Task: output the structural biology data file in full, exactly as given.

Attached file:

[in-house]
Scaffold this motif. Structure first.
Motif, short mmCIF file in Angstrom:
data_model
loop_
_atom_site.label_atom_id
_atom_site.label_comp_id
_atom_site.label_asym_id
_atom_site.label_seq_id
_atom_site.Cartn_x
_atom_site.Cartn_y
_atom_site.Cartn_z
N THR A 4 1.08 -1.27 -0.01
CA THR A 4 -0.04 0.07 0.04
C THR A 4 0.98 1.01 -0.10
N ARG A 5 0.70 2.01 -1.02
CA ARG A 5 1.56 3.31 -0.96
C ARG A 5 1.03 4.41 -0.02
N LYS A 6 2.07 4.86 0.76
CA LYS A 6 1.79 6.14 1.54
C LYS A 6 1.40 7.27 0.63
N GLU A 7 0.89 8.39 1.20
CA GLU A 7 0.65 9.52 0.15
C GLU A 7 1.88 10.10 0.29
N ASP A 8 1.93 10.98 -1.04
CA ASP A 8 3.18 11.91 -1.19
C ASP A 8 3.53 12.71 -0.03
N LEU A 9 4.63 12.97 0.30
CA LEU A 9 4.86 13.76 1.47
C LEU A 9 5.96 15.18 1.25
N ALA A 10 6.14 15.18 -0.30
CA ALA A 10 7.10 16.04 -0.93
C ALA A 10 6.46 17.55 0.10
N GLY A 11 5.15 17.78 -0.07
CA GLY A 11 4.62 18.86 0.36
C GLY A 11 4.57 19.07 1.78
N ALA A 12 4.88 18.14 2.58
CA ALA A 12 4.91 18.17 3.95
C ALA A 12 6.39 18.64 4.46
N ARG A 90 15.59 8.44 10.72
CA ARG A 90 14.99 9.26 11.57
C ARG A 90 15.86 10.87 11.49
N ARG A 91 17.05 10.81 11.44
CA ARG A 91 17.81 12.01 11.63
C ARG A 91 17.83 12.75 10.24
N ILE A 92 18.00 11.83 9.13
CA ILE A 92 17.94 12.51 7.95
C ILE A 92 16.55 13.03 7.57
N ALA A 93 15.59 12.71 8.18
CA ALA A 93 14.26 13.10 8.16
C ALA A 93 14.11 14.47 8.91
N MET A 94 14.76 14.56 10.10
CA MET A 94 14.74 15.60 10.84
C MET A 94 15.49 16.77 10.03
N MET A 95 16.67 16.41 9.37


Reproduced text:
[in-house]
Scaffold this motif. Structure first.
Motif, short mmCIF file in Angstrom:
data_model
loop_
_atom_site.label_atom_id
_atom_site.label_comp_id
_atom_site.label_asym_id
_atom_site.label_seq_id
_atom_site.Cartn_x
_atom_site.Cartn_y
_atom_site.Cartn_z
N THR A 4 1.08 -1.27 -0.01
CA THR A 4 -0.04 0.07 0.04
C THR A 4 0.98 1.01 -0.10
N ARG A 5 0.70 2.01 -1.02
CA ARG A 5 1.56 3.31 -0.96
C ARG A 5 1.03 4.41 -0.02
N LYS A 6 2.07 4.86 0.76
CA LYS A 6 1.79 6.14 1.54
C LYS A 6 1.40 7.27 0.63
N GLU A 7 0.89 8.39 1.20
CA GLU A 7 0.65 9.52 0.15
C GLU A 7 1.88 10.10 0.29
N ASP A 8 1.93 10.98 -1.04
CA ASP A 8 3.18 11.91 -1.19
C ASP A 8 3.53 12.71 -0.03
N LEU A 9 4.63 12.97 0.30
CA LEU A 9 4.86 13.76 1.47
C LEU A 9 5.96 15.18 1.25
N ALA A 10 6.14 15.18 -0.30
CA ALA A 10 7.10 16.04 -0.93
C ALA A 10 6.46 17.55 0.10
N GLY A 11 5.15 17.78 -0.07
CA GLY A 11 4.62 18.86 0.36
C GLY A 11 4.57 19.07 1.78
N ALA A 12 4.88 18.14 2.58
CA ALA A 12 4.91 18.17 3.95
C ALA A 12 6.39 18.64 4.46
N ARG A 90 15.59 8.44 10.72
CA ARG A 90 14.99 9.26 11.57
C ARG A 90 15.86 10.87 11.49
N ARG A 91 17.05 10.81 11.44
CA ARG A 91 17.81 12.01 11.63
C ARG A 91 17.83 12.75 10.24
N ILE A 92 18.00 11.83 9.13
CA ILE A 92 17.94 12.51 7.95
C ILE A 92 16.55 13.03 7.57
N ALA A 93 15.59 12.71 8.18
CA ALA A 93 14.26 13.10 8.16
C ALA A 93 14.11 14.47 8.91
N MET A 94 14.76 14.56 10.10
CA MET A 94 14.74 15.60 10.84
C MET A 94 15.49 16.77 10.03
N MET A 95 16.67 16.41 9.37